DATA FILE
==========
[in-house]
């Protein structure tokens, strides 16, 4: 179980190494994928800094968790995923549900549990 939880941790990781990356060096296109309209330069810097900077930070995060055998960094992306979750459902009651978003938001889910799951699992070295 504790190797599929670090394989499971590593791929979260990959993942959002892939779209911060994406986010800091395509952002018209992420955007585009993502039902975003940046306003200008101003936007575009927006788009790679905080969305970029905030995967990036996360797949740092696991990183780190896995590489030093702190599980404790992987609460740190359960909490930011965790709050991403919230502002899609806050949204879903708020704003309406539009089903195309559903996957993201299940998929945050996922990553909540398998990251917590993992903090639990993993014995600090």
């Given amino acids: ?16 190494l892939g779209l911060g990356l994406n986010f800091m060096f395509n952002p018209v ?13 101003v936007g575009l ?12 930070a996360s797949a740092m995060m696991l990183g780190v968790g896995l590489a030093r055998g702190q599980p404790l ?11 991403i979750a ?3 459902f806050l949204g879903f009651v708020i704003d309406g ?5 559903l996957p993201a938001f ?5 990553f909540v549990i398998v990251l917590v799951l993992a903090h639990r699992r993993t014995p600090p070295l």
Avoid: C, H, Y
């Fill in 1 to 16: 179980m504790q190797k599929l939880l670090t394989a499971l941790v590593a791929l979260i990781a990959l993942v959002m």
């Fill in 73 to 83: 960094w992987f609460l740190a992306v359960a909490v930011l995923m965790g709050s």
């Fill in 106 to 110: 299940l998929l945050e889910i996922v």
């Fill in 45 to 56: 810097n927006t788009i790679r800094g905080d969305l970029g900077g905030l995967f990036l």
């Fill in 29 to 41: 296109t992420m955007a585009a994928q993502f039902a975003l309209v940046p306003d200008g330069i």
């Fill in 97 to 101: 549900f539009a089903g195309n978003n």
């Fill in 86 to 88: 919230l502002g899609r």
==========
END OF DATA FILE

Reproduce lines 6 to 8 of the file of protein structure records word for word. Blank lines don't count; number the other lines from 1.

């Fill in 73 to 83: 960094w992987f609460l740190a992306v359960a909490v930011l995923m965790g709050s």
């Fill in 106 to 110: 299940l998929l945050e889910i996922v």
């Fill in 45 to 56: 810097n927006t788009i790679r800094g905080d969305l970029g900077g905030l995967f990036l």